On Monday, 14 Year-old Ahmed Mohamed, brought his homemade clock to school to show his engineering teacher. By the end of the day he ended up being taken away in handcuffs (read more here). What should have been an opportunity to encourage Ahmed’s aspirations in engineering turned into suspicion by educators and a police accusation of a hoax bomb.
Although it is widely understood that schools must ensure the safety of all stakeholders, how can we as educators create spaces where students like Ahmed may grow as an engineer or inventor? How do we make inventing commonplace so that when a homemade clock shows up our first thought isn’t bomb? Instead our first thought could be “Wow! Another cool kid-powered invention!”
At Cal Farley’s we have begun to build those inventor spaces into our daily lives. Designing, programing, and building are skills we actively encourage and promote on our campus. We believe that a whole community can become a learning lab, a concept we call Community As Lab. To support this effort we have created hands-on learning laboratories where youth have dedicated spaces for tinkering, designing and making. We believe that these activities stimulate learning by providing real world application for principles learned in the classroom.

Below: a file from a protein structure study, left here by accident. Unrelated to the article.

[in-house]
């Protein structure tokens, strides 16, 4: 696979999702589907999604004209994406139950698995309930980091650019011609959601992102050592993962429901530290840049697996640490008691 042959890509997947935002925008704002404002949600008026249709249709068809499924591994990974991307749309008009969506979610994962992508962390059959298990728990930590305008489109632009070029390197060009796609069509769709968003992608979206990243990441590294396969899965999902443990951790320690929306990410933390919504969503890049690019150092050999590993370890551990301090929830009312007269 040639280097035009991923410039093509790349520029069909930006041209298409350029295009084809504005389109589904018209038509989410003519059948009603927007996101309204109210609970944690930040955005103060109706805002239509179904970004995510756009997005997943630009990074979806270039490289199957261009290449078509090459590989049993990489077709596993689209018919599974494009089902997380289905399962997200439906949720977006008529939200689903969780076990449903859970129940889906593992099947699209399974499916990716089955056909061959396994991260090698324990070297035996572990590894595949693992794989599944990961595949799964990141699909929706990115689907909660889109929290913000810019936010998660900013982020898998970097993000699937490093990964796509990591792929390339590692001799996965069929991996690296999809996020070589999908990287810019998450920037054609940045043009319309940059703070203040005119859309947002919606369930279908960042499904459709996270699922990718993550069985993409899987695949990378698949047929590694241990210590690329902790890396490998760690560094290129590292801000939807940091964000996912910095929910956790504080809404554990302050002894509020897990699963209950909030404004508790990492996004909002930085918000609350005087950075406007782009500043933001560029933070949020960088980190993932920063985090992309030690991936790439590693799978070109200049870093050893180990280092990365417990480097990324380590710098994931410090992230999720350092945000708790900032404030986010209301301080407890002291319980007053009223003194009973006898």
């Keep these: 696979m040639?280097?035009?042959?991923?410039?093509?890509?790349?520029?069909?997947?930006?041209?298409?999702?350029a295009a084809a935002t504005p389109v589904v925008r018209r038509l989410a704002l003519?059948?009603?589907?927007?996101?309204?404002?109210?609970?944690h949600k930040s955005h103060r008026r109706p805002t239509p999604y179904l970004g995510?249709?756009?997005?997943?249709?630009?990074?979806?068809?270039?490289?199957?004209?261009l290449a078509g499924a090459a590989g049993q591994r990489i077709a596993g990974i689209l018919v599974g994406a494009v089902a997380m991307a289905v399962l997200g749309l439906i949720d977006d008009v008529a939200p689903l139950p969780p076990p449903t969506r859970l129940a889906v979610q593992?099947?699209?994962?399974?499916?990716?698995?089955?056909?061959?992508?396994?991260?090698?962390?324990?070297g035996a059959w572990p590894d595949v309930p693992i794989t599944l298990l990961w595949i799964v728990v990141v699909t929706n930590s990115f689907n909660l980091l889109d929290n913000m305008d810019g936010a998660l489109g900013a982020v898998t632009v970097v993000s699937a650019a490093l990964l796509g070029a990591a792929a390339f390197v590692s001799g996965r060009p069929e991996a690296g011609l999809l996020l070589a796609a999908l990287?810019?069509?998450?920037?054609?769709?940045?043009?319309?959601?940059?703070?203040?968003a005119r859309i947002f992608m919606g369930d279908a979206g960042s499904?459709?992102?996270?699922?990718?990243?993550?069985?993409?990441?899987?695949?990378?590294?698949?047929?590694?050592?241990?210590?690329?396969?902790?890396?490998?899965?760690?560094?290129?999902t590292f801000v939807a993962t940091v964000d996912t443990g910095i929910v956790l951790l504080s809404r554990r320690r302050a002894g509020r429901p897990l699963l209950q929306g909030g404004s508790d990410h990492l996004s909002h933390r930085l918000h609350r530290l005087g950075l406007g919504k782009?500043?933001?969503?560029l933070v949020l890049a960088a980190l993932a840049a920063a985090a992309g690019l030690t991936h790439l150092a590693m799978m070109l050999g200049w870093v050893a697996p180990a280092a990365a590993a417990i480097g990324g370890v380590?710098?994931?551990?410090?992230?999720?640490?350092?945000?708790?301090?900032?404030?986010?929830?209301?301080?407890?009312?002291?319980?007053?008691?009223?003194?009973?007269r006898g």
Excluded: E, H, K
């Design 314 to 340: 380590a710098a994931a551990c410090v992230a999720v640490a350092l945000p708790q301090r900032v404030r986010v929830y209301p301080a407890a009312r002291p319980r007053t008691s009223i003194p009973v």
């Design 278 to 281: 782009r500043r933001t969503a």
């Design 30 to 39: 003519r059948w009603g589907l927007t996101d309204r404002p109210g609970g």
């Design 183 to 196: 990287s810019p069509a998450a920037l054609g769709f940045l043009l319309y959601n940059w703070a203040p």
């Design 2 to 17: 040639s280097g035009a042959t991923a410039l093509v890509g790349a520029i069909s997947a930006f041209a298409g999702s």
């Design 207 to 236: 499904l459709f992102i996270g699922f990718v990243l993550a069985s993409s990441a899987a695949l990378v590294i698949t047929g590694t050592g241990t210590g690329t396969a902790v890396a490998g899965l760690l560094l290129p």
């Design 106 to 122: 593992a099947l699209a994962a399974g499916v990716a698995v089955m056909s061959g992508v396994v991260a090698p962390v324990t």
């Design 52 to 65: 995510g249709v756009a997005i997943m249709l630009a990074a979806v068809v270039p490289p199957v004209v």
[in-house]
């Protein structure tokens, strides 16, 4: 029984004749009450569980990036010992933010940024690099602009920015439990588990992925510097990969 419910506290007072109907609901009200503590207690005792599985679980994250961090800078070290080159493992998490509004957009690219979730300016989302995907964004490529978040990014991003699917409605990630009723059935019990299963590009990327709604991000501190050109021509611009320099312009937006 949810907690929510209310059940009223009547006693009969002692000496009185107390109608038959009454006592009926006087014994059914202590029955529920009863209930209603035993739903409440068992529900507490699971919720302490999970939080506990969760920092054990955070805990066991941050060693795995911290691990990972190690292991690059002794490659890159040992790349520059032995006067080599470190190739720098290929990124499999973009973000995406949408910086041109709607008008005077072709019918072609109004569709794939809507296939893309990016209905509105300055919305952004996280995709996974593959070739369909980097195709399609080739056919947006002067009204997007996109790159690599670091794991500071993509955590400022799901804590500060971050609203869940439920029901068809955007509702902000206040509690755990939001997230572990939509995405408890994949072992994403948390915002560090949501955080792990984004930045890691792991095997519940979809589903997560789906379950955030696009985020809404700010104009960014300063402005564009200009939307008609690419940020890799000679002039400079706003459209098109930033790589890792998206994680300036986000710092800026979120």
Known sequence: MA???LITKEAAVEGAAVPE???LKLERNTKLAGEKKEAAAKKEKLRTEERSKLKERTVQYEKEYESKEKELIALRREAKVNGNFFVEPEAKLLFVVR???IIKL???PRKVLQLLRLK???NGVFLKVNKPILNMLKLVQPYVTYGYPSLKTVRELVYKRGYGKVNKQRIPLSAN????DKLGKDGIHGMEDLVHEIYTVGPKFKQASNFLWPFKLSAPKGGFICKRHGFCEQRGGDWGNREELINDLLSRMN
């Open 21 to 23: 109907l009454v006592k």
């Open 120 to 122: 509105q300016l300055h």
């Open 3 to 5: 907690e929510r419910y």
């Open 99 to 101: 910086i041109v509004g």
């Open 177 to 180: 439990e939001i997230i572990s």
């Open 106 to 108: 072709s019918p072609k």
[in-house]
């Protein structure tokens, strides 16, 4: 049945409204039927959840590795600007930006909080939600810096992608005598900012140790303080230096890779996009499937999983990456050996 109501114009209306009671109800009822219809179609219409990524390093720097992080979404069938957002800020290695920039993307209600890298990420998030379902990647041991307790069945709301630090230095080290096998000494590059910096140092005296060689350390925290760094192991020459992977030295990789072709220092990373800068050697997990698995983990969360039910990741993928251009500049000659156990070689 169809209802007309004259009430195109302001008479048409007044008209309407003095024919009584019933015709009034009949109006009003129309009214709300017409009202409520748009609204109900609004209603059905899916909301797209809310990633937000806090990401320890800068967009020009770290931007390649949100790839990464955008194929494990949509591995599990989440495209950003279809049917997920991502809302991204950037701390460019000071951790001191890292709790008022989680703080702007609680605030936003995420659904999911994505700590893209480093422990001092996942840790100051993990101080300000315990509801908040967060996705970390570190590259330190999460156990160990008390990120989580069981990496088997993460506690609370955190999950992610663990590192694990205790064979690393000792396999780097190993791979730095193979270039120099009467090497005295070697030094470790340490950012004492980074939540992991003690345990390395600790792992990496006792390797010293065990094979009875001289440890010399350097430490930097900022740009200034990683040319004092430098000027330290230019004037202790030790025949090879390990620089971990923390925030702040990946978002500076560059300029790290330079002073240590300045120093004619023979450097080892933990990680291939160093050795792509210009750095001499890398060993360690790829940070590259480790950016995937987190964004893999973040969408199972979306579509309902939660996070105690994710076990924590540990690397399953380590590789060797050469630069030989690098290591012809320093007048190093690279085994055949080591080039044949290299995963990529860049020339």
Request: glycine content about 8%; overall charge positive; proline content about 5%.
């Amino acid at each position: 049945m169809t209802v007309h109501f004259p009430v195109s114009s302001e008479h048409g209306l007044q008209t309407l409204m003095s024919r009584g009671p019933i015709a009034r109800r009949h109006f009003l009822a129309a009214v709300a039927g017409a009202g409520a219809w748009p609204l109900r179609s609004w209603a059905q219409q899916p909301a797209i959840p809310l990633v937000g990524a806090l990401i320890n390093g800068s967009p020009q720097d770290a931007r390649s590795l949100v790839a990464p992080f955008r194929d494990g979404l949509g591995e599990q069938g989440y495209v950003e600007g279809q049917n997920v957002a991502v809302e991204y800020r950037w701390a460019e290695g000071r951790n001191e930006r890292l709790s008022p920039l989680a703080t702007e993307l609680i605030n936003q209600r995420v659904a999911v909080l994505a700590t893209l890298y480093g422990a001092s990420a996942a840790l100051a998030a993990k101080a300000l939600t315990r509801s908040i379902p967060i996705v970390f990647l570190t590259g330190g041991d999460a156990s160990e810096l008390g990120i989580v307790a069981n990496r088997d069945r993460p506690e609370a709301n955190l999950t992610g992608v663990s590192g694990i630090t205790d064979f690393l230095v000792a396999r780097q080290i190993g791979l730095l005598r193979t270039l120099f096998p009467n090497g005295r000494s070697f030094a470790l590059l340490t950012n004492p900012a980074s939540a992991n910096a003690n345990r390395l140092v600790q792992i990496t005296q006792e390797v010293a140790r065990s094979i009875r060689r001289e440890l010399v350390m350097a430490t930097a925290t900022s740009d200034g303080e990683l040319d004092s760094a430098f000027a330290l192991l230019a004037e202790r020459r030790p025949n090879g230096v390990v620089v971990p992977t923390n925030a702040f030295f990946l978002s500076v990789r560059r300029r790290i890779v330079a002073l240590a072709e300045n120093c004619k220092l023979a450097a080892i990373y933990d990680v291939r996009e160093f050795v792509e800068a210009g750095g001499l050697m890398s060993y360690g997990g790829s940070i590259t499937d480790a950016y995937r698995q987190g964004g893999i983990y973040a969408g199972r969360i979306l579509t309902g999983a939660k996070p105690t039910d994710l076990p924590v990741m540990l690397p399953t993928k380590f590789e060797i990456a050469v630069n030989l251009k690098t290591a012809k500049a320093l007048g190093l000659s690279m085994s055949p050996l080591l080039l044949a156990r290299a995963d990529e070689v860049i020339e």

Thankfully for Ahmed there was an outpouring of support from all over the world encouraging him to continue doing what he is doing. Do you know any youth like Ahmed? Here’s how to get them and your school involved…
How to become involved:
Create a maker space in your school.
Find a community makerspace, like these in Dallas and Milwaukee, or check out TechShop, a chain of maker spaces located across the United States.
Look for a Maker Faire near you and take a young maker to visit and actively participate in the event.
Books I recommend:
Design. Make, Play: Growing the Next Generation of STEM Innovators by Margaret Honey and David E. Kanter
Invent to Learn: Making, Tinkering, and Engineering in the Classroom by Sylvia Libow Martinez and Gary Stager
I leave you with this video from Community As Lab’s recent rocket launch. We truly do want our kids to shoot for the stars.